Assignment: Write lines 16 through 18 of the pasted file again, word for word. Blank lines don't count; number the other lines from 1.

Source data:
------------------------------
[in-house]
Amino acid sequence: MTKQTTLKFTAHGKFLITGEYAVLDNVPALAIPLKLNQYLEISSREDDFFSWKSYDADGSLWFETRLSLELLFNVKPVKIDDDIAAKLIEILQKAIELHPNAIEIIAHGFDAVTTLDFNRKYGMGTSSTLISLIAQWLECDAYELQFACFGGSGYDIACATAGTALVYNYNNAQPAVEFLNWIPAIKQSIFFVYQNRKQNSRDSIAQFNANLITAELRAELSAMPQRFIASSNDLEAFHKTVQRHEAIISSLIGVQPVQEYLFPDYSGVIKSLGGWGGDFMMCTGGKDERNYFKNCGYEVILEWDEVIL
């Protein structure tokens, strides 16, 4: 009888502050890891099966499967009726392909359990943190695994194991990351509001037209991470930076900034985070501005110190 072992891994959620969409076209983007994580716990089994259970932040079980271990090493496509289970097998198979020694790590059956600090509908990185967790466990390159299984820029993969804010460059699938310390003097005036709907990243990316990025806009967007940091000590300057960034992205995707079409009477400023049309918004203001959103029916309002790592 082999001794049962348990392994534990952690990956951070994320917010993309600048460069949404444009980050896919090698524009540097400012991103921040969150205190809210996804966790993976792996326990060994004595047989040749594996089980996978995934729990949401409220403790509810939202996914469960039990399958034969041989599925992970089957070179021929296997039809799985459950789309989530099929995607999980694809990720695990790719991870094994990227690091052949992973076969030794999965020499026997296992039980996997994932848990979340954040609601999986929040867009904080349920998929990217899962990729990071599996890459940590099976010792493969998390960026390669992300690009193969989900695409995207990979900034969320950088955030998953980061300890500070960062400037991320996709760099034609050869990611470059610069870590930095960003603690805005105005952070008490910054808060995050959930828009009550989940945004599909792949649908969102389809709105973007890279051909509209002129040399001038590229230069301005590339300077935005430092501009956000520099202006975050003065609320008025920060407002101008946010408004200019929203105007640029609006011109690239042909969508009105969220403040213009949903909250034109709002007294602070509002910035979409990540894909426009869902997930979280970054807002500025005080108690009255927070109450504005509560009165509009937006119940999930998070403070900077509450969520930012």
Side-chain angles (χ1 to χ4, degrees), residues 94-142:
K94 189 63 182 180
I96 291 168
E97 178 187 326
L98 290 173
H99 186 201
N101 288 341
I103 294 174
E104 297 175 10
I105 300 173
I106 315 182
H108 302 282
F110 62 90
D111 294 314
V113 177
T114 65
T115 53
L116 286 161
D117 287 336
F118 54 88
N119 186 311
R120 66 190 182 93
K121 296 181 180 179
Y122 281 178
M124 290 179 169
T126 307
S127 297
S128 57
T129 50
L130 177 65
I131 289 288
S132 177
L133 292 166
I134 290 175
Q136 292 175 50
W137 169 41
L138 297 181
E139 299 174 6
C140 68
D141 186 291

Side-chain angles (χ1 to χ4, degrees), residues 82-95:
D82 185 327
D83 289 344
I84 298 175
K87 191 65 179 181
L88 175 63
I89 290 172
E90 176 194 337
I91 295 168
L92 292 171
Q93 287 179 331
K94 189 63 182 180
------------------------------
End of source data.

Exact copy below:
F110 62 90
D111 294 314
V113 177